Ergebnisse und Schlussfolgerung: Die Umfrage, die mit Unterstützung von 15 im VFA organisierten pharmazeutischen Unternehmen durchgeführt wurde, umfasste eine Gesamtzahl von 224 Inspektionen (74 Inspektionen in Deutschland, 150 aus anderen europäischen Ländern). Die häufigsten Befunde innerhalb und außerhalb Deutschlands bezogen sich auf die „Dokumentation“ (40,5% vs. 21,3%), „Prüfmedikation“ (16,2% vs. 14,7%), „Arzneimittelsicherheit“ (13,5% vs. 8%) und den „Antrag auf Genehmigung der klinischen Prüfung“ (5,4% vs. 12%).

Aus deutscher Sicht sind die wichtigsten Erkenntnisse der Arbeitsgruppe die Notwendigkeit einer klaren Abgrenzung der Verantwortlichkeiten zwischen lokalen, nationalen und internationalen Behörden, eine Harmonisierung der Inspektionsdurchführung und -inhalte, sowie eine Klärung ob die ‚pre-study/on-study’ und ‚pre-approval/post-approval’ GCP-Inspektionen der Oberbehörden den von der „Zentralstelle der Länder für Gesundheitsschutz bei Arzneimitteln und Medizinprodukten” (ZLG) vorgelegten Anforderungen entsprechen. Die Umfrage ergab, dass Inspektionen routinemäßig an Prüfstellen durchgeführt werden; die meisten Inspektionsbefunde sind bekannt und könnten durch eine verbesserte Kommunikation und Diskussion der Befunde mit den Studiengruppen vermieden werden. Die Umfrage bestätigte auch, dass eine Harmonisierung der Inspektionen notwendig erscheint. Abschließend wird ein Leitfaden unter Berücksichtigung der Umfrageergebnisse vorgestellt, der als Basis für die erfolgreiche Begleitung einer Behörden-Sponsor- oder Prüfstellen-Inspektion verwendet werden kann.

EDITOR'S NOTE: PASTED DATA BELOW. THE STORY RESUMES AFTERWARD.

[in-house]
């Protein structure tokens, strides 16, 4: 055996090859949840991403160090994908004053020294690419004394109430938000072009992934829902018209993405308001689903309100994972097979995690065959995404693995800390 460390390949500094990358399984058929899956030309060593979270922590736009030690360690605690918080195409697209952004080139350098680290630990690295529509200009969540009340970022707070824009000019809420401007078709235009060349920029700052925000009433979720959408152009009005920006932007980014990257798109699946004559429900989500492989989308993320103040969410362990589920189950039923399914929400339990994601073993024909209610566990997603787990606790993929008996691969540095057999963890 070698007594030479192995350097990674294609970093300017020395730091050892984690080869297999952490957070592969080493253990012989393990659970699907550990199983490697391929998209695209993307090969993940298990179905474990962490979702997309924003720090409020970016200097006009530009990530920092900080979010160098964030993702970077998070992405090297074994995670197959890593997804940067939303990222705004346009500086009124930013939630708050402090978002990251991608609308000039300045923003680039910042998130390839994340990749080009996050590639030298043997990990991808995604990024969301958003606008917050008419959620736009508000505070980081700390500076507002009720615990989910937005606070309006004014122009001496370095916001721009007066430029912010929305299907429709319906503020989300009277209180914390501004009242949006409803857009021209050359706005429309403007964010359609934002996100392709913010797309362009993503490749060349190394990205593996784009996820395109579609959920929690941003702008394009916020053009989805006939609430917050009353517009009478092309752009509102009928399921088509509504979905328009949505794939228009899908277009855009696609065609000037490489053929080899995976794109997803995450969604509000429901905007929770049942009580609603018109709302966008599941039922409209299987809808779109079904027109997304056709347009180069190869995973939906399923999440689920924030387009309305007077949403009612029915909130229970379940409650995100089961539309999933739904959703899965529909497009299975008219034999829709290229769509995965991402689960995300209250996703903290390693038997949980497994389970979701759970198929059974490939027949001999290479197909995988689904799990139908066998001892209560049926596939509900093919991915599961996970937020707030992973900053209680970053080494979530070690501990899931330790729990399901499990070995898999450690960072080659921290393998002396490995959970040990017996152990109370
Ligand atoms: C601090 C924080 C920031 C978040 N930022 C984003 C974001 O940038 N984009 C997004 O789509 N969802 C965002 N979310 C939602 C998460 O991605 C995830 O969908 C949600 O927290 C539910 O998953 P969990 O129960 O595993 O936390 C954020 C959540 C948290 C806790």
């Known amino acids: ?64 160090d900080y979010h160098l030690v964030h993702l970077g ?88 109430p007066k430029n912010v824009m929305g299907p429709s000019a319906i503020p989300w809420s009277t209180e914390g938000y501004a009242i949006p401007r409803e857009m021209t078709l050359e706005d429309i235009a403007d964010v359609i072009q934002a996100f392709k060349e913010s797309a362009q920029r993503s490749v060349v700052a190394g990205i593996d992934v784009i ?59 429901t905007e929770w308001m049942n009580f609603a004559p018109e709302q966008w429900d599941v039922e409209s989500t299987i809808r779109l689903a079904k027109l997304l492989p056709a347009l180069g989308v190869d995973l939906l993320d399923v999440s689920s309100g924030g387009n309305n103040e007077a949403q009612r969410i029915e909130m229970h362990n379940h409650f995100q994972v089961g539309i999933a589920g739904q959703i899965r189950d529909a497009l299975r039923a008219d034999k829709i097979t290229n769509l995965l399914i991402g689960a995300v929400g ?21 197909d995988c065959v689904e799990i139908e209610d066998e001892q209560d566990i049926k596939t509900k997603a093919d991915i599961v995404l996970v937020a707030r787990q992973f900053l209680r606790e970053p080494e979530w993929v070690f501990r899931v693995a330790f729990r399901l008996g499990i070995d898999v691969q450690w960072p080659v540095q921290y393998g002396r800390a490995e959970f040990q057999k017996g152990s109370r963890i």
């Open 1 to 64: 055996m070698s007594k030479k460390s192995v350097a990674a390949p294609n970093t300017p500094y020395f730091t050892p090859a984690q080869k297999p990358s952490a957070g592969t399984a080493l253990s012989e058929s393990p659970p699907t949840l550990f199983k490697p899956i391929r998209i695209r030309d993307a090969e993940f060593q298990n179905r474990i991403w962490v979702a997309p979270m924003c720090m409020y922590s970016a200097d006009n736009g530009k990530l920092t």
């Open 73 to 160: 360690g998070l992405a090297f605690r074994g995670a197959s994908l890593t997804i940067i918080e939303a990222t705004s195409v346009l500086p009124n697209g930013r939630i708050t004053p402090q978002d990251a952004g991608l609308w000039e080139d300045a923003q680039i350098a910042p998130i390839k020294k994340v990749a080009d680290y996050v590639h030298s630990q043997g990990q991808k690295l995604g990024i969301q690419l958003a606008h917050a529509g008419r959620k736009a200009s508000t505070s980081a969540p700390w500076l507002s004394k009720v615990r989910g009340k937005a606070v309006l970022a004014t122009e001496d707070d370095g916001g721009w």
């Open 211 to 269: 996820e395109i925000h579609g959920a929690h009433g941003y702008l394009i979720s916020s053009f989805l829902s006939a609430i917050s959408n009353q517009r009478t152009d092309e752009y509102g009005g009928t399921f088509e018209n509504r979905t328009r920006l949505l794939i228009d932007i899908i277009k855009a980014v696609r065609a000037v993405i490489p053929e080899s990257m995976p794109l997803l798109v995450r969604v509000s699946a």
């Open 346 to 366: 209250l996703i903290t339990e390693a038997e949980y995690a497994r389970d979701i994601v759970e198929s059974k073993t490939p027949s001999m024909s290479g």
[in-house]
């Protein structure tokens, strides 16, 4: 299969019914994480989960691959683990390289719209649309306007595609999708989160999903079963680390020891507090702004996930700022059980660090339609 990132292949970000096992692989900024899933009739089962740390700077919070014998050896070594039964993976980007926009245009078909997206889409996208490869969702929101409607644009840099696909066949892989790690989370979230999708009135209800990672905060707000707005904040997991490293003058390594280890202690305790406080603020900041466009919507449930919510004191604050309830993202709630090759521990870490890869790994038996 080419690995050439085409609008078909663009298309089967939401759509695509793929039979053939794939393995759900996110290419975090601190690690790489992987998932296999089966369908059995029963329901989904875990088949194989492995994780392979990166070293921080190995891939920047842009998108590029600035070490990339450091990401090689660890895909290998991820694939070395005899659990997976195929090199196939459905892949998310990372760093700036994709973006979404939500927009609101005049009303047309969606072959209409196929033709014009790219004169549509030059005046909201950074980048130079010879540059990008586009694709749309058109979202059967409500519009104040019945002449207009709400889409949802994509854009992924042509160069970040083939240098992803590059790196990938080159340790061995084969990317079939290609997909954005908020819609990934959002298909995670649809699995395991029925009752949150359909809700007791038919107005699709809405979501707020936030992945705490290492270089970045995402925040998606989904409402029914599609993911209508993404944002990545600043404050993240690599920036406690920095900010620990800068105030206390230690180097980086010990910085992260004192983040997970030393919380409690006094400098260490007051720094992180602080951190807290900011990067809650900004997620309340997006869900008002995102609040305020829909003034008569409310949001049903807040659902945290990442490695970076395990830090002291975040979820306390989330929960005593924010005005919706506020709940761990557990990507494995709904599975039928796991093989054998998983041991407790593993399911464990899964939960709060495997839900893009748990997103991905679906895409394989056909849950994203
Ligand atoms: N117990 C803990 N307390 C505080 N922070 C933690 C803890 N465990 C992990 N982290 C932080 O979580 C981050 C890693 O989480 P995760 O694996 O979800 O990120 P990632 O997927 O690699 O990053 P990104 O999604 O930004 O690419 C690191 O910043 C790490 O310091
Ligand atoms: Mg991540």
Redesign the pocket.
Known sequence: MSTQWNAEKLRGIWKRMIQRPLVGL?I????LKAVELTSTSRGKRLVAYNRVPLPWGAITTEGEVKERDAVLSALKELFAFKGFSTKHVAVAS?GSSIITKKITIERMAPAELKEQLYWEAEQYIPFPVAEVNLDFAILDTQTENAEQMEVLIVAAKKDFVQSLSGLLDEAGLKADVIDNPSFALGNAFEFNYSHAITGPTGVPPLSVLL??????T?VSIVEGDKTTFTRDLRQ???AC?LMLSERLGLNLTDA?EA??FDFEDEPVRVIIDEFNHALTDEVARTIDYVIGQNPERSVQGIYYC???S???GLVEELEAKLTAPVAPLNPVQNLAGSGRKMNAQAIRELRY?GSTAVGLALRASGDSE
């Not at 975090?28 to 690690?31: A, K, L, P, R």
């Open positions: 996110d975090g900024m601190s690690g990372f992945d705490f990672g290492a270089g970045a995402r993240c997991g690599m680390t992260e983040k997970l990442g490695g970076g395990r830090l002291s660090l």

Schlüsselwörter: GCP-Inspektion, Implementierung der Direktive 2001/20/EG, Häufigkeit, Umfrage, Sponsor-Inspektion, Leitfaden


The ICH directive E6 defines “Good Clinical Practice“ as “a standard for the design, conduct, performance, monitoring, auditing, recording, analyses, and reporting of clinical trials that provides assurance that the data and reported results are credible and accurate, and that the right, integrity, and confidentiality of trial subjects are protected” (ICH E6, glossary 1.24 [1]). The efficiency of these measures is ensured by internal audits by the sponsor (ICH E6, glossary 1.6 [1]) and external inspections by the authorities (ICH E6, glossary 1.29 [1]).

In the course of the Clinical Trials Directive 2001/20/EC implementation by the 12th amendment to the German Medicines Law (Deutsches Arzneimittelgesetz) and the GCP regulation in 2004 external inspections by the higher authorities were fundamentally revised. Since the interpretation of these regulations is subject to continuous refinement, it is essential for research-based pharmaceutical companies to be sure about the expectations of authorities and to be aware of the specific conduct of these GCP inspections.

Therefore a working group of the Clinical Research/Quality Assurance subcommittee of the German Association of Research-Based Pharmaceutical Companies (Verband Forschender Arzneimittelhersteller, VFA) was established to

compile an overview about existing guidelines, laws and regulations
compile the hitherto experience with GCP sponsor inspections after implementation of the Clinical Trials Directive 2001/20/EC
develop a code of practice for expert assistance during GCP sponsor inspections.

Overview about existing guidelines, laws and regulations

The European Medicines Evaluation Agency (EMEA) was founded in 1993 based on the order 2309/93/EC to provide a centralized European licensing and supervision procedure for pharmaceutical drugs. Article 51 of this order specifies “that co-ordinating the verification of compliance with the principles of (…) good clinical practice” is one important task of the EMEA.

To comply with this order a GCP Inspection Services Group was founded in 1997 by the EMEA to advise and support the community, the commissions, the member states and the EMEA in issues regarding GCP and inspections. The working group consists of GCP inspectors from member states and the chairman is recruited from within the EMEA-section for inspections. As of July 2007 this group was renamed into GCP Inspectors Working Group (GCP IWG) and a detailed description of the mandate, the aims and regulations of this working group was provided [2].